A few items merit some attention:
Mayor-elect Peduto’s employee retirements jubilee legislation advanced in committee.
Four members voted for the bill, three abstained, and one was absent. Darlene Harris, Corey O’Connor and R. Daniel Lavelle said they needed more time to consider the bill.
Ricky Burgess was absent but said later that he opposes it. A final vote is scheduled for next week. Burgess called the offer unfair because it’s being offered to employees who “did not earn and did not deserve” it. (Trib, Bob Bauder)
Well, they do not otherwise qualify for it. It is precisely the question before the Council, whether or not they will have “earned” or “deserve” it.
Peduto argues that the total budget impact of his retrofits on city government are likely to be minimal due to other budget moves, and the fact that only roughly half of the small pool of eligible nonunion employees are expected to participate in this.
As we stated last time in a post and some comments, it should be immediately clear that hitting the ground running and without distraction will bring considerable efficiencies. And it can be construed as unfair that employees who built their lives and families’ lives around the proposition that the City would operate as it always had, must now see their retirement plans exploded because all of a sudden it will operate some other way.
A specific consideration is litigiousness. If the Mayor-elect essentially proclaims for all to hear, “Sorry, I don’t think you’re good enough to work for me and you must go,” why should a dismissed employee not respond with, “You are only getting rid of me for very bad reasons, such as prejudice or a political vendetta. Cities cannot do that. I am suing, and I am subpoenaing all sorts of things!”
Those cases might rarely be of any merit, but they would certainly satisfy the cheering throngs, and we could not prejudge a single one of them. That makes for an annoying, time-consuming, distracting and ultimately costly slog — especially for the city’s Law Dept.
The Mayor-elect’s legislation is not only an investment in a smooth transition, it seems to be measured and right-sized. The Comet very much appreciates the seeming incongruity of seeking new predictable revenue streams while making unexpected investments, but this one is a money saver in the long run.
Near the Housing Authority, things are looking a little rough:
“It sounds to me just like the pure greed of money,” said Larry Blair Jr., 46, a car salesman who is president of the Oak Hill Residents Council. (P-G, Lord & Zullo)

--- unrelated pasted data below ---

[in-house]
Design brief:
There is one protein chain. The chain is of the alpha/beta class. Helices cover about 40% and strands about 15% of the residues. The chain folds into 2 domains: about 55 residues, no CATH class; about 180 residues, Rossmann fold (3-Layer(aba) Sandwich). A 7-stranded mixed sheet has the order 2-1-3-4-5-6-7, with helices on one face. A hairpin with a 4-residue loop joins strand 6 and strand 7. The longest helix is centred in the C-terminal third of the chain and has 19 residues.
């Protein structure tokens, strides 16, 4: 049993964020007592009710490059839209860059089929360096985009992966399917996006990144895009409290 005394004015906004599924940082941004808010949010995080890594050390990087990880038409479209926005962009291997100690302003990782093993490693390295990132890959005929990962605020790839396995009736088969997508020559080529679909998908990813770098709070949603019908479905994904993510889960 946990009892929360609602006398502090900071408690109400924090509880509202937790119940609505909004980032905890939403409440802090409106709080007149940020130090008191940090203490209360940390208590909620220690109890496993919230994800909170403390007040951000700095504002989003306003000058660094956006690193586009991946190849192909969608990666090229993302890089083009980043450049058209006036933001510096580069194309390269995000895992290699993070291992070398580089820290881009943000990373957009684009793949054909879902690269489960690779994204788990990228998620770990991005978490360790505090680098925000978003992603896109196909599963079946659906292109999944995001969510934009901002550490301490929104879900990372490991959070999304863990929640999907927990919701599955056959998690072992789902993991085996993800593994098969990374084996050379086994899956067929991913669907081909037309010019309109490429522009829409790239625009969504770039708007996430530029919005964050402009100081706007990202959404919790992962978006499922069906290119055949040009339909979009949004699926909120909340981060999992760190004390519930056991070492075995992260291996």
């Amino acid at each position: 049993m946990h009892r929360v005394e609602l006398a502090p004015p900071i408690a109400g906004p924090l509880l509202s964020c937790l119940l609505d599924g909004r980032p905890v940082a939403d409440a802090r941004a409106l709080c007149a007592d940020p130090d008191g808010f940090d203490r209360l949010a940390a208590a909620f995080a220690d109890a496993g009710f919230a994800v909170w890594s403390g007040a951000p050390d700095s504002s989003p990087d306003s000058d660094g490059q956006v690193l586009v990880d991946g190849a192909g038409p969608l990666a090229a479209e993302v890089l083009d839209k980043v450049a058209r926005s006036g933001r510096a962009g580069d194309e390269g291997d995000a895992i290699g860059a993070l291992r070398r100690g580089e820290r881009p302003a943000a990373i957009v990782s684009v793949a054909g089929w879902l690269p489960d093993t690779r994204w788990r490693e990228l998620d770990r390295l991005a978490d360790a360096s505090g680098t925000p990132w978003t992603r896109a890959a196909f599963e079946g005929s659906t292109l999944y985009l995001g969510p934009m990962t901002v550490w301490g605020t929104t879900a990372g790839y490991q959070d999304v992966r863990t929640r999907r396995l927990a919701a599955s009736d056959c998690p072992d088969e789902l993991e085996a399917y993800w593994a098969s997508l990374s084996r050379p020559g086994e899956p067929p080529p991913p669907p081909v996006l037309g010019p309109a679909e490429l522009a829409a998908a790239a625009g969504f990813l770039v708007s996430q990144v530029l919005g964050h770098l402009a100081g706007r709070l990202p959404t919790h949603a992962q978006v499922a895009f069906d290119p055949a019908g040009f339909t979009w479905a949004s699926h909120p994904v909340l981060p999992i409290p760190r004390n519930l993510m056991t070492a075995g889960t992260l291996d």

It’s a long story. Oak Hill in 2009 was quite the thing, but it sounds like the developer has been getting the short end of the stick on upkeep.
Kevin Acklin, who is heading the transition and will be Mr. Peduto’s chief of staff, called the housing authority “really the only authority that we haven’t found any significant cooperation with.” (ibid)
Hard to say whether this is a function of changed administrative priorities towards socioeconomic integration in certain parts of the Hill, or of a certain developer being on the political outs, or of Councilman Burgess just happening to be the Mayor-elect’s nemesis, or of a personality clash within the transition and the Authority provoking increased scrutiny. But it’s a messy indicator and indicative of a need to break out the scrubbing bubbles.
Elsewhere in the city center, rumor had had it that the Planning Commission would formally introduce the Penguins’ plans for the Lower Hill, early next week at its final meeting of the year. While an introduction is followed later by presentations, a hearing and perhaps other measures before a vote, this might have been one case where the Mayor-elect’s ability to wrangle the direction and appointment of a new Board in real time would be tested. It begins to appear however that the reality of the impasses between the Pens, the community and the next mayor have become so significant, the Penguins might be taking a quick hustle back to the drawing board. We hope it is a pivotally constructive session.
*-UPDATE: Hill groups have composed a letter to the Dept. of City Planning asking that it conduct a fair market housing study for any plan submitted for the 28 controversial acres, and are inviting other interested groups across Pittsburgh to cosign it.
Finally, the Pittsburgh Comet is humbled to disclose that we are working on the Mayor-Elect’s City Ethics Hearing Board subcommittee of the Law and Ethics transition team. It should go without saying that this is the dawning of the Age of Aquarius.
After inspirational introductions by the Mayor-elect and his apostles, roughly fifteen of us were ushered into a spacious college classroom for more specific guidance and instruction from Solicitor-designate Lourdes Sanchez Ridge. Then we were left to it. Our subcommittee has a couple of past members of the Ethics Board to provide insiders’ perspectives, and more than enough attorneys besides.
Using the “I Will Make Sure Everybody Gets To Talk” gambit, I ruthlessly seized the chairmanship and proceeded to do pretty much only that. Here is what the team came up with in terms of goals, preliminarily:
What do you think? What did your transition team do?